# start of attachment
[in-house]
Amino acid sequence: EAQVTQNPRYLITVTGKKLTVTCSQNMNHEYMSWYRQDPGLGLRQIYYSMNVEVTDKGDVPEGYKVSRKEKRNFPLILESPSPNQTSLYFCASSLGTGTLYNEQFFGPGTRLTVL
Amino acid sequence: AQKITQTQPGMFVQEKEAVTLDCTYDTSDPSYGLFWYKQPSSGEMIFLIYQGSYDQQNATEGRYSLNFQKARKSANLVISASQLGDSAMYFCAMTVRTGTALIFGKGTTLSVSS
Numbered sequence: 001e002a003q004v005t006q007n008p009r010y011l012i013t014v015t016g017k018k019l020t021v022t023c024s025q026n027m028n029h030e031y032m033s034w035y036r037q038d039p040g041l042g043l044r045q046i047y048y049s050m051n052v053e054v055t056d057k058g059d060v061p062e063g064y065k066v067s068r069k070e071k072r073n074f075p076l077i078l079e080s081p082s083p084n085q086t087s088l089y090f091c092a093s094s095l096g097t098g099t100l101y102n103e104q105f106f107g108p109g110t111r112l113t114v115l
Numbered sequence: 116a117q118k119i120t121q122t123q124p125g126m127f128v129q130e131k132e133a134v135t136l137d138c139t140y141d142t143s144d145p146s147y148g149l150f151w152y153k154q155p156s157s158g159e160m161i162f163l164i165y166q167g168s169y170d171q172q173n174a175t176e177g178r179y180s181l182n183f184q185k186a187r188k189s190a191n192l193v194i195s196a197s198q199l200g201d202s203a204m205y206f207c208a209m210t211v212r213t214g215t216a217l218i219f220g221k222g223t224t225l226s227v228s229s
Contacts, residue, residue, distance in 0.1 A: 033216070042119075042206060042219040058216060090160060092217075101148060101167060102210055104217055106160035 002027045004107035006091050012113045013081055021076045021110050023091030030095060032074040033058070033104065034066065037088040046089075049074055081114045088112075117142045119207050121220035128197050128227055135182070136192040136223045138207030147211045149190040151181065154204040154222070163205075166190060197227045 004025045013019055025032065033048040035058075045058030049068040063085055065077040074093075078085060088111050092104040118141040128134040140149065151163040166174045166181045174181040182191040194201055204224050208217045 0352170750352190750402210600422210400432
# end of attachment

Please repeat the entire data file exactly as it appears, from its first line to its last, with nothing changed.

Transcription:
[in-house]
Amino acid sequence: EAQVTQNPRYLITVTGKKLTVTCSQNMNHEYMSWYRQDPGLGLRQIYYSMNVEVTDKGDVPEGYKVSRKEKRNFPLILESPSPNQTSLYFCASSLGTGTLYNEQFFGPGTRLTVL
Amino acid sequence: AQKITQTQPGMFVQEKEAVTLDCTYDTSDPSYGLFWYKQPSSGEMIFLIYQGSYDQQNATEGRYSLNFQKARKSANLVISASQLGDSAMYFCAMTVRTGTALIFGKGTTLSVSS
Numbered sequence: 001e002a003q004v005t006q007n008p009r010y011l012i013t014v015t016g017k018k019l020t021v022t023c024s025q026n027m028n029h030e031y032m033s034w035y036r037q038d039p040g041l042g043l044r045q046i047y048y049s050m051n052v053e054v055t056d057k058g059d060v061p062e063g064y065k066v067s068r069k070e071k072r073n074f075p076l077i078l079e080s081p082s083p084n085q086t087s088l089y090f091c092a093s094s095l096g097t098g099t100l101y102n103e104q105f106f107g108p109g110t111r112l113t114v115l
Numbered sequence: 116a117q118k119i120t121q122t123q124p125g126m127f128v129q130e131k132e133a134v135t136l137d138c139t140y141d142t143s144d145p146s147y148g149l150f151w152y153k154q155p156s157s158g159e160m161i162f163l164i165y166q167g168s169y170d171q172q173n174a175t176e177g178r179y180s181l182n183f184q185k186a187r188k189s190a191n192l193v194i195s196a197s198q199l200g201d202s203a204m205y206f207c208a209m210t211v212r213t214g215t216a217l218i219f220g221k222g223t224t225l226s227v228s229s
Contacts, residue, residue, distance in 0.1 A: 033216070042119075042206060042219040058216060090160060092217075101148060101167060102210055104217055106160035 002027045004107035006091050012113045013081055021076045021110050023091030030095060032074040033058070033104065034066065037088040046089075049074055081114045088112075117142045119207050121220035128197050128227055135182070136192040136223045138207030147211045149190040151181065154204040154222070163205075166190060197227045 004025045013019055025032065033048040035058075045058030049068040063085055065077040074093075078085060088111050092104040118141040128134040140149065151163040166174045166181045174181040182191040194201055204224050208217045 0352170750352190750402210600422210400432